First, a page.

Laparoscopic-guided kidney cryoablation is a 1 to 3 hour procedure and is almost always performed under general anesthesia. To freeze the cancer, special ultra-thin cryo needles are placed directly into the tumor. Once in place, argon gas is circulated inside the cryo needles creating an iceball inside the kidney. As the iceball engulfs the tumor, it destroys the cancerous cells (along with a small margin of surrounding tissue) while sparing healthy kidney structure. During the freezing process the cryo needles are precisely controlled and monitored. As the ice forms, both temperature monitoring and ultrasound visualization is used to verify accuracy and safety.

Recovery from Laparoscopic-guided kidney cryoablation is often much easier for the patient then open surgery. The procedure itself is shorter and therefore complications are reduced, including a lower risk of bleeding. Best of all healthy kidney tissue is not disturbed, allowing for maximum retention of kidney function. Multiple small tumors can be treated in one cryoablation treatment. Image guidance and real-time temperature monitoring usually allow for complete tumor ablation in a single session, but the procedure can be repeated with minimal trauma to the patient if residual tumor is found.

Laparoscopic-guided kidney cancer cryoablation is FDA-cleared and is covered by Medicare and most private insurance companies.

Learn more about: Cryotherapy.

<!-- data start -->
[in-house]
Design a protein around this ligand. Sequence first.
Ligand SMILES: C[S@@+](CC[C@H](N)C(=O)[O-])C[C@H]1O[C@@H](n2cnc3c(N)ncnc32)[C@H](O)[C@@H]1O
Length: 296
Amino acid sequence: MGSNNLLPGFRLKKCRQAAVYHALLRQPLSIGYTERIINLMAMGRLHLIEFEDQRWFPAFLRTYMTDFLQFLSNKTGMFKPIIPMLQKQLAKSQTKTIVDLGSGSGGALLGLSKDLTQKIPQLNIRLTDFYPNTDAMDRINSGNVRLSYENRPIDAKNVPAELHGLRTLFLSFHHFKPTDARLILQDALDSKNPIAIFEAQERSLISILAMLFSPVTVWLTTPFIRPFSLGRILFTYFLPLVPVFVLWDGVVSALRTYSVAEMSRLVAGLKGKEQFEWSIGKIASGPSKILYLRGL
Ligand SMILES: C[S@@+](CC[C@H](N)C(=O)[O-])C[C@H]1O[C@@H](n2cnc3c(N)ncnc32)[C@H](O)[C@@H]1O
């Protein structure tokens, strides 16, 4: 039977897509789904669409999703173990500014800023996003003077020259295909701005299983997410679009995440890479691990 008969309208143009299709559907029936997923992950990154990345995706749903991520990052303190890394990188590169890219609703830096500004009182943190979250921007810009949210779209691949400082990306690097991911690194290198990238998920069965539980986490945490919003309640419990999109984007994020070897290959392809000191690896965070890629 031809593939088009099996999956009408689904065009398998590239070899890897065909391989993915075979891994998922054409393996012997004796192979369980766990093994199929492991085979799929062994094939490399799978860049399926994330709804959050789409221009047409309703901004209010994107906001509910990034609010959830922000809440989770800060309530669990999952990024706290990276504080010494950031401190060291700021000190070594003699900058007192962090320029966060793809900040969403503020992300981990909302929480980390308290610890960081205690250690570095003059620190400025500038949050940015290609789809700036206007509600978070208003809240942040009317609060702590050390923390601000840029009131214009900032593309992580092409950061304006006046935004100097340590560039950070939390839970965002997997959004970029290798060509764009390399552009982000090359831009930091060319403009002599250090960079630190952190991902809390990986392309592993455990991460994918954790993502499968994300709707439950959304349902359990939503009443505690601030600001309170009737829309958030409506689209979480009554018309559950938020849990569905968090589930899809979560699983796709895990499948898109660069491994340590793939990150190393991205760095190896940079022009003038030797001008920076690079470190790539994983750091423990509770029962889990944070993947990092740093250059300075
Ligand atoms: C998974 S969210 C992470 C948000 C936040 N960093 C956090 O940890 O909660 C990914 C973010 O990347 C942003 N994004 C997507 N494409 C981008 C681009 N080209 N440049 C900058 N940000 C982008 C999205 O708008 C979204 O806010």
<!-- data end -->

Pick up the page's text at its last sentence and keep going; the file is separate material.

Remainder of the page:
Radiotherapy for Renal Cell Carcinoma

Although classic dogma considers renal cell carcinoma (RCC) to be a “radiation resistant” lesion, comprehensive literature review clouds this issue, with a wide variety of response rates to radiotherapy reported.

In the treatment of primary kidney tumors, radiotherapy has been used as a preoperative or postoperative surgical adjuvant, but has not gained wide acceptance in either scenario due to toxicity and questionable effectiveness. More contemporary literature describing three-dimensional conformal radiotherapy again suggests benefit with post-operative adjuvant radiotherapy in high-risk RCC patients, such as those whose tumor extends beyond the kidney or extends to involve the surgical margin. Radiotherapy by itself has not been used in the primary curative treatment of RCC, due to the perceived or actual radiation resistance of RCC lesions, and the exquisite sensitivity of adjacent normal kidney and gastrointestinal tissue to radiation, which has limited the applied dose to a sub-curative level when conventional radiation techniques have been used.

The larger experience with radiotherapy for RCC has been gained against symptomatic metastatic disease (RCC tumor deposits that have spread to other parts of the body), where there seems to be a dichotomy of reported responses. A high frequency of favorable responses against painful bone metastatic RCC lesions has been reported by multiple authors , whereas uniformly dismal results have been reported for conventional radiotherapy for RCC metastatic to the brain . In the treatment of metastatic disease, there remains uncertainty as to the appropriateness of the term “radioresistant,” as some authors have described a dose response curve favoring higher dose doses.

Learn more about: CyberKnife for Kidney Lesions.